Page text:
Sonnets, Chad Davidson and Fly Fishing

July 28, 2008

So, some phony-baloney blogger accused me a while back of not being capable (or having the right?) of writing reviews because I wrote sonnets about fishing. Well, I never once in my life wrote a sonnet about fishing. So there. But I somehow must have internalized that criticism/inanity because IÂ’ve been writing curtal sonnets about fishing (and not fishing) while in Taos, NM for two months this summer. IÂ’d share one with you, but youÂ’ll see all these poems soon enough in Time Magazine or some fancy publication out there alongside Cormac McCarthy or someone even fancier than that. And itÂ’s not just redneck fishing with worms and a bobber, but itÂ’s fly fishing, doggone it. Refined.

I taught a forms class last spring, and the class had a fine time discussing the curtal sonnets one week. Hopkins, of course, because he invented the elegant form, but we also read fine curtal sonnets by Chad Davidson and Leon Stokesbury and Richard Foerster. The class thought that there was this powerful spiritual element embedded in all these poems (all of Hopkins, of course) alongside the element of time-cut-short, which ostensibly fits with the formal elements of the poem. So does the curtal sonnet naturally avail itself to the spiritual and/or this anxiety of Time running out. It has been argued that ShakespeareÂ’s sonnets have in common this focus, this obsession of Time. Does the curtal sonnet emphasize this, as well, formally? Anybody know of any other good contemporary curtal sonnets?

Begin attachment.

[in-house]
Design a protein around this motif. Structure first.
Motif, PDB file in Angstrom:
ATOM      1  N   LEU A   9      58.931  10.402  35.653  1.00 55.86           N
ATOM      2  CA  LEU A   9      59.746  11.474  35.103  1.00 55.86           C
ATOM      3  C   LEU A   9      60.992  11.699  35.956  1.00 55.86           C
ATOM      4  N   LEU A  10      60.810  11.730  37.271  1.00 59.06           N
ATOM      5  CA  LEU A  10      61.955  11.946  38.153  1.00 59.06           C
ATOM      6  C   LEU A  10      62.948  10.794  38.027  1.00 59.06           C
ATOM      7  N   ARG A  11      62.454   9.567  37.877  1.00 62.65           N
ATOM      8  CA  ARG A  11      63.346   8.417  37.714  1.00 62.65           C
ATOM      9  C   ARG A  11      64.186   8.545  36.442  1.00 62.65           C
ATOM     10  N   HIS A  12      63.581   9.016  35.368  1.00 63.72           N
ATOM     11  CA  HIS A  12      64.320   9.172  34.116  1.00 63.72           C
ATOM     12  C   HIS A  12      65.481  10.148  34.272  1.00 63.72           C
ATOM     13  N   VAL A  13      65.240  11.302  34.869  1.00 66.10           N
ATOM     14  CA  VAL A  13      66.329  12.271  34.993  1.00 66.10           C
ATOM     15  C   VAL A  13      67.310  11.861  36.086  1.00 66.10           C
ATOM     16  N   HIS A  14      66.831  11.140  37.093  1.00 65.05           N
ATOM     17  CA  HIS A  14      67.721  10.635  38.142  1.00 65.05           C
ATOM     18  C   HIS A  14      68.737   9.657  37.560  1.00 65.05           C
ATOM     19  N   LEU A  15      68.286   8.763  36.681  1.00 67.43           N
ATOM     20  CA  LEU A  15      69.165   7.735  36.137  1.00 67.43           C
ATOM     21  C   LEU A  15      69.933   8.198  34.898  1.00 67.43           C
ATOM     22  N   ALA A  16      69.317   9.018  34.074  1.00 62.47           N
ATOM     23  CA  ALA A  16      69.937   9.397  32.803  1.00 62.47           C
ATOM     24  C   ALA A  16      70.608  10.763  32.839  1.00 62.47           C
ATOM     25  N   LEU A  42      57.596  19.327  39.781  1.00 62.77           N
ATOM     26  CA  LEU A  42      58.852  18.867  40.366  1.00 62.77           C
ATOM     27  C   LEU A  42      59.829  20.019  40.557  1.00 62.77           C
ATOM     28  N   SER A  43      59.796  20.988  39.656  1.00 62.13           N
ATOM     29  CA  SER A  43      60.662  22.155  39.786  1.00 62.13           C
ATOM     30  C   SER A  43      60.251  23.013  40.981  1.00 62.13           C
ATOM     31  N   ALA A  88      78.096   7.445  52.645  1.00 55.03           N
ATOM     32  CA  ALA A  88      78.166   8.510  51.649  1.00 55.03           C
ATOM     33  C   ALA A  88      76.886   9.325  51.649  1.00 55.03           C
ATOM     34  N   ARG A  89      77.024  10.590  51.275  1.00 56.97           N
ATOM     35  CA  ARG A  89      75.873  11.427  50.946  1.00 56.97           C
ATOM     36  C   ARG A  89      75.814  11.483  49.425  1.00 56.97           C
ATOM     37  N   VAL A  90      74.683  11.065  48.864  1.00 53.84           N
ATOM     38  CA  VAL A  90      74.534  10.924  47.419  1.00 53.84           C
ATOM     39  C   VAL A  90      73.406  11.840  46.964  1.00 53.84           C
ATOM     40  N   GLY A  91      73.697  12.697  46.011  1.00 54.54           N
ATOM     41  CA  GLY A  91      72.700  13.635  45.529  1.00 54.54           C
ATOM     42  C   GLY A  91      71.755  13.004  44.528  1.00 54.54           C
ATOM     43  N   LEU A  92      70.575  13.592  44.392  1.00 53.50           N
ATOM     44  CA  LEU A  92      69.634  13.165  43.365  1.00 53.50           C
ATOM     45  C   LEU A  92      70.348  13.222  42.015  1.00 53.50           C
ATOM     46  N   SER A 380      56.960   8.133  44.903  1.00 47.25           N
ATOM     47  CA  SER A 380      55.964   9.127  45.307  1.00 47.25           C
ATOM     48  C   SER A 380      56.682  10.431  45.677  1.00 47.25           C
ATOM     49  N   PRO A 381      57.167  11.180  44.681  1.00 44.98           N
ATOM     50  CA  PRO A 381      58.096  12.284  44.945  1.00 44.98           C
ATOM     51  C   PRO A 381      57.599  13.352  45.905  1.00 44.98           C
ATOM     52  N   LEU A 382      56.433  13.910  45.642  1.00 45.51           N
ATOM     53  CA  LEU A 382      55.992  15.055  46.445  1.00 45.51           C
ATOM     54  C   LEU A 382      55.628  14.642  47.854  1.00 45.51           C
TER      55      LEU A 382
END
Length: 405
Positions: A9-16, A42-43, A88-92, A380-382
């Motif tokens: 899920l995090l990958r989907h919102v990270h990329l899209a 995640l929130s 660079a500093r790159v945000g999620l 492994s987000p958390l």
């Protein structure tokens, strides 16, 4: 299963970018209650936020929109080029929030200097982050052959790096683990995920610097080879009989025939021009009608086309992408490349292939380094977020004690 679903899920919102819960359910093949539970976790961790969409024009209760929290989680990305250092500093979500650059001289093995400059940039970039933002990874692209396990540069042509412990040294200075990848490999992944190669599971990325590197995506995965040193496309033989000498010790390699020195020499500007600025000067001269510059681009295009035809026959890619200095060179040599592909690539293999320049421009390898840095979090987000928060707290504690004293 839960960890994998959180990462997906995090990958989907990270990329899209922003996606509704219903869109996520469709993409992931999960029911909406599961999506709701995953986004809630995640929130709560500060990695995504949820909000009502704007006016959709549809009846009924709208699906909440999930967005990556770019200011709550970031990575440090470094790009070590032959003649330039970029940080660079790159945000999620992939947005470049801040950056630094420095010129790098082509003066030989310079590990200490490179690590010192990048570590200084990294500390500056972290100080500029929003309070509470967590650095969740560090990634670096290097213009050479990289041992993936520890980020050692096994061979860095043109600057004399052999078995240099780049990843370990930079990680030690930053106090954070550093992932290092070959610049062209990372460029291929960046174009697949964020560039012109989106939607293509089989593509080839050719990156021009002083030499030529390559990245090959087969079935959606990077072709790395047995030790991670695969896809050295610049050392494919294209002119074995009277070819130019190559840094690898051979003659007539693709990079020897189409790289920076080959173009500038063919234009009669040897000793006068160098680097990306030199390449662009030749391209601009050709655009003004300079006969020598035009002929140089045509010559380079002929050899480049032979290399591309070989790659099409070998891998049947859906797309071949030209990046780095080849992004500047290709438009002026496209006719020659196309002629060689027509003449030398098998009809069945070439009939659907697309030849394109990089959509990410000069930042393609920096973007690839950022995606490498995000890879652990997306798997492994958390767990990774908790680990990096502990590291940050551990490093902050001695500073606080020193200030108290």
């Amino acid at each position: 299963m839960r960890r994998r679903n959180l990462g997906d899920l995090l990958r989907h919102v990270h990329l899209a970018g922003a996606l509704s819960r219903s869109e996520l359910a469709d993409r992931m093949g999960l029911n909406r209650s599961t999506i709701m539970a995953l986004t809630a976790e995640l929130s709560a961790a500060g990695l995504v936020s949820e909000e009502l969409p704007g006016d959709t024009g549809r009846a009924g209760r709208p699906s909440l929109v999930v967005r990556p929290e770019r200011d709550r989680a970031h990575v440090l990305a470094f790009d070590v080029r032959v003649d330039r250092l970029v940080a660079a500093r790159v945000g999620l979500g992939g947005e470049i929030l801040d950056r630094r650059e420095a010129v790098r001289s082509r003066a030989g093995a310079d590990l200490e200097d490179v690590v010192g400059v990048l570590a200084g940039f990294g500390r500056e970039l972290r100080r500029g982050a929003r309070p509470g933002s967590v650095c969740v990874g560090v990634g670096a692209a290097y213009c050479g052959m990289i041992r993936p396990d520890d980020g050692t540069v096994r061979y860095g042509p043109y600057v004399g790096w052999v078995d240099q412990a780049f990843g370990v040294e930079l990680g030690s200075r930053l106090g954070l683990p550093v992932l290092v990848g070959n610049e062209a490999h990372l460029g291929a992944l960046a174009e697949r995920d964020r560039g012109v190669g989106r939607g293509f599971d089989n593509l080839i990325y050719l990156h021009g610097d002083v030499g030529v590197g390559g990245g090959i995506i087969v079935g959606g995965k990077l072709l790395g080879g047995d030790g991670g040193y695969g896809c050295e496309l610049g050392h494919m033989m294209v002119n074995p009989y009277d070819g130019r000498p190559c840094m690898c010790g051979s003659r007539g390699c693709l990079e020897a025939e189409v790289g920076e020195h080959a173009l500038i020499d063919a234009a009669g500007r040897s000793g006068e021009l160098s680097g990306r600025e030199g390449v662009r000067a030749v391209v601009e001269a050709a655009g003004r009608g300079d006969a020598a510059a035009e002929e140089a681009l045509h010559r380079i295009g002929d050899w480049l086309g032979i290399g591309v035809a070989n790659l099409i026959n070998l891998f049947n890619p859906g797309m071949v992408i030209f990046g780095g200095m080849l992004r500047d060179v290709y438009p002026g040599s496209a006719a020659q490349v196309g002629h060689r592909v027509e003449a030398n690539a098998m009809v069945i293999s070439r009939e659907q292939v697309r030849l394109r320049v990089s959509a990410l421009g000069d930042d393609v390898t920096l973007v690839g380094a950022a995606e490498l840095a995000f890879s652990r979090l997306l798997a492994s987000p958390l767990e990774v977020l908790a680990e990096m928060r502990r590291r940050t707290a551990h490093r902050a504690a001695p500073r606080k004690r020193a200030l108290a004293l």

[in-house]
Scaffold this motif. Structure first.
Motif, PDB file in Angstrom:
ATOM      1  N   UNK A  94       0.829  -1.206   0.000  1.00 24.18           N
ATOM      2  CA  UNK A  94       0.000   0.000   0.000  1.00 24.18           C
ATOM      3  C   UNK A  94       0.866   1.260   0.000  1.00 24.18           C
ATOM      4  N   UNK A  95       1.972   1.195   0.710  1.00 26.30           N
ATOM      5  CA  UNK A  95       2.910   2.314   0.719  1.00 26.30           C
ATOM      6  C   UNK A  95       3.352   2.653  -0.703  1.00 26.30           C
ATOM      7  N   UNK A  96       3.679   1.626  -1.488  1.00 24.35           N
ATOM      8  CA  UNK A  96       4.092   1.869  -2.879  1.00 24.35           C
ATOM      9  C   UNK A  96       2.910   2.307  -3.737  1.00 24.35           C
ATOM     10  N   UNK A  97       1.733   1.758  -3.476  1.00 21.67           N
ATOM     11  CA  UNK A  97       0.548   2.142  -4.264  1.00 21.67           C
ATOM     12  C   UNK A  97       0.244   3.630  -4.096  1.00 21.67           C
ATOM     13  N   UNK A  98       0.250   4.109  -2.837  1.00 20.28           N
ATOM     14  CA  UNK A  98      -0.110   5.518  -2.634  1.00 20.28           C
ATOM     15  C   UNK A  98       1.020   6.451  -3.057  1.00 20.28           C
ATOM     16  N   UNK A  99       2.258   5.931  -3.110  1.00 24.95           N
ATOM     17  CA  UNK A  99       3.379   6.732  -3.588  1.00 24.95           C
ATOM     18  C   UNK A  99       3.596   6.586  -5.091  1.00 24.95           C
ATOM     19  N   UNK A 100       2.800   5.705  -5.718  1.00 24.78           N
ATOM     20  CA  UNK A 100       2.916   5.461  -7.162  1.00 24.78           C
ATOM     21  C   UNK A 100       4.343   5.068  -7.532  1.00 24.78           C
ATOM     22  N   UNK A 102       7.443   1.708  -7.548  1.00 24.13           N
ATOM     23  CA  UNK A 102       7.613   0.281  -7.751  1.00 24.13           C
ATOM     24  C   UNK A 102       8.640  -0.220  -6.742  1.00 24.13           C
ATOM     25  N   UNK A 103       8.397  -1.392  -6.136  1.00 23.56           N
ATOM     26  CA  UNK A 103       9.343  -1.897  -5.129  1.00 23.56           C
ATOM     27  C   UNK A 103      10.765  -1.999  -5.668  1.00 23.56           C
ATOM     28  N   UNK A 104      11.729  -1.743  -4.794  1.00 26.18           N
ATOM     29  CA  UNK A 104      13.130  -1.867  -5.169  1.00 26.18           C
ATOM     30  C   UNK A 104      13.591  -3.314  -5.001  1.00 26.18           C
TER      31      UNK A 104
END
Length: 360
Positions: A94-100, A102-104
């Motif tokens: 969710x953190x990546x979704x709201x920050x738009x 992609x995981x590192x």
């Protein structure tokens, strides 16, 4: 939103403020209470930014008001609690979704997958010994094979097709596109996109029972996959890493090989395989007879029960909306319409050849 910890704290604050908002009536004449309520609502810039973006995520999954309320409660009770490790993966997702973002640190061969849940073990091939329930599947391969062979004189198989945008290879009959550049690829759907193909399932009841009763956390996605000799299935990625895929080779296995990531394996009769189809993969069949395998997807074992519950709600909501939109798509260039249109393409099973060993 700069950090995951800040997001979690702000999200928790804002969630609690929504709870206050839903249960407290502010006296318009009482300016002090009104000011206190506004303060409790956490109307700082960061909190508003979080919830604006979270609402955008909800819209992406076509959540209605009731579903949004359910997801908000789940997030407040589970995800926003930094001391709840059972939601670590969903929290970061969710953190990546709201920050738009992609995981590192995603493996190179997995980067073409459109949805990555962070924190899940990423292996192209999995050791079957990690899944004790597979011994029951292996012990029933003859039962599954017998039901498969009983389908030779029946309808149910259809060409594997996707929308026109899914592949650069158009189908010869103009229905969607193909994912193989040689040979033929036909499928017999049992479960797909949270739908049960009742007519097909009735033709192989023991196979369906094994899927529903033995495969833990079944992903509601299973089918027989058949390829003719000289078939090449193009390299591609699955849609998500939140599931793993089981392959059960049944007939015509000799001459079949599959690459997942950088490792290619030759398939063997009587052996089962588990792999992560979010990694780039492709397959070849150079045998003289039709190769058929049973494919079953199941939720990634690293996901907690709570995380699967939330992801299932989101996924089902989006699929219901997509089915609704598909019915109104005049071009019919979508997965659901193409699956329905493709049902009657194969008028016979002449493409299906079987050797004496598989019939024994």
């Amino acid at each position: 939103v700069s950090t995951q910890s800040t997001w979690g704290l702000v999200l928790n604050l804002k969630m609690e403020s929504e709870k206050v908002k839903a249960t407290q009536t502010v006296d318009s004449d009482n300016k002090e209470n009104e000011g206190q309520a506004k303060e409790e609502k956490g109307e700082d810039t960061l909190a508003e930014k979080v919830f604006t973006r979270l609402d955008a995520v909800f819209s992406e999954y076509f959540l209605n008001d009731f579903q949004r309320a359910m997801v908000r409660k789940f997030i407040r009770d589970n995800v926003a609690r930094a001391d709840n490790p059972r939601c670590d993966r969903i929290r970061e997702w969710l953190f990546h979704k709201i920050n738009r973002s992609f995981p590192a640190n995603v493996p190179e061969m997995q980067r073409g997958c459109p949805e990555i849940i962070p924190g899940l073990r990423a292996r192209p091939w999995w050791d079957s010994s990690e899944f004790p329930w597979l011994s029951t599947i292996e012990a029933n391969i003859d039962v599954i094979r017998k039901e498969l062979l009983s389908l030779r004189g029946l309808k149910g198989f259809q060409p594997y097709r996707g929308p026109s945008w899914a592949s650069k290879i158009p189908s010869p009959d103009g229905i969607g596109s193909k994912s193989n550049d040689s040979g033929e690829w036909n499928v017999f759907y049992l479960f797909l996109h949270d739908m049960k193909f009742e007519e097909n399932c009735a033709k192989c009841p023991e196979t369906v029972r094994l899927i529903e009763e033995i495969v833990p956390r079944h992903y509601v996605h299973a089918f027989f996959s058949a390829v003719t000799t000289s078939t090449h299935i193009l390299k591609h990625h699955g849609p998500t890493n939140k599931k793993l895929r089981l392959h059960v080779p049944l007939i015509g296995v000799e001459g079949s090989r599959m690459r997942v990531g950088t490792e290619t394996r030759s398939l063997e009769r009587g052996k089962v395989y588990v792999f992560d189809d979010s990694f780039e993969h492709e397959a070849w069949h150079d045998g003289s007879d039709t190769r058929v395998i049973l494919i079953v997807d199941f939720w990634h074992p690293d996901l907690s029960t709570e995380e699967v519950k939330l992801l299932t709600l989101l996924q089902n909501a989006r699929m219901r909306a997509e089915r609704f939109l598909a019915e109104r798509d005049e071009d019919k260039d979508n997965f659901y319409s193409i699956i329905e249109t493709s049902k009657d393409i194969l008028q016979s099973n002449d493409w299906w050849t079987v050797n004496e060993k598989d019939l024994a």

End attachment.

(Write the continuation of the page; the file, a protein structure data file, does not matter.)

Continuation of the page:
I wrote two curtal sonnets about one river. Since they both work together, I think theyÂ’re one poem, so IÂ’m calling them a curtal double sonnet. At first I called them a double curtal sonnet, but then I thought a doubly curtal sonnet would be half a curtal sonnet (more like a haiku) so best to put the curtal first. Poets.

Speaking of Chad Davidson, heÂ’s the poet of the month at
and he even mentions yours truly. His statement about his “Bigfoot Poetics” is hilarious and spot on. You can check out a few of his poems on the site as well. Chad’s next book is coming out in October, and it is killer. Hide and watch.

My wife just came in and said, You know you’re in Taos when you go to the post office and ask the mailman how he’s doing and he says, “Groovy.”

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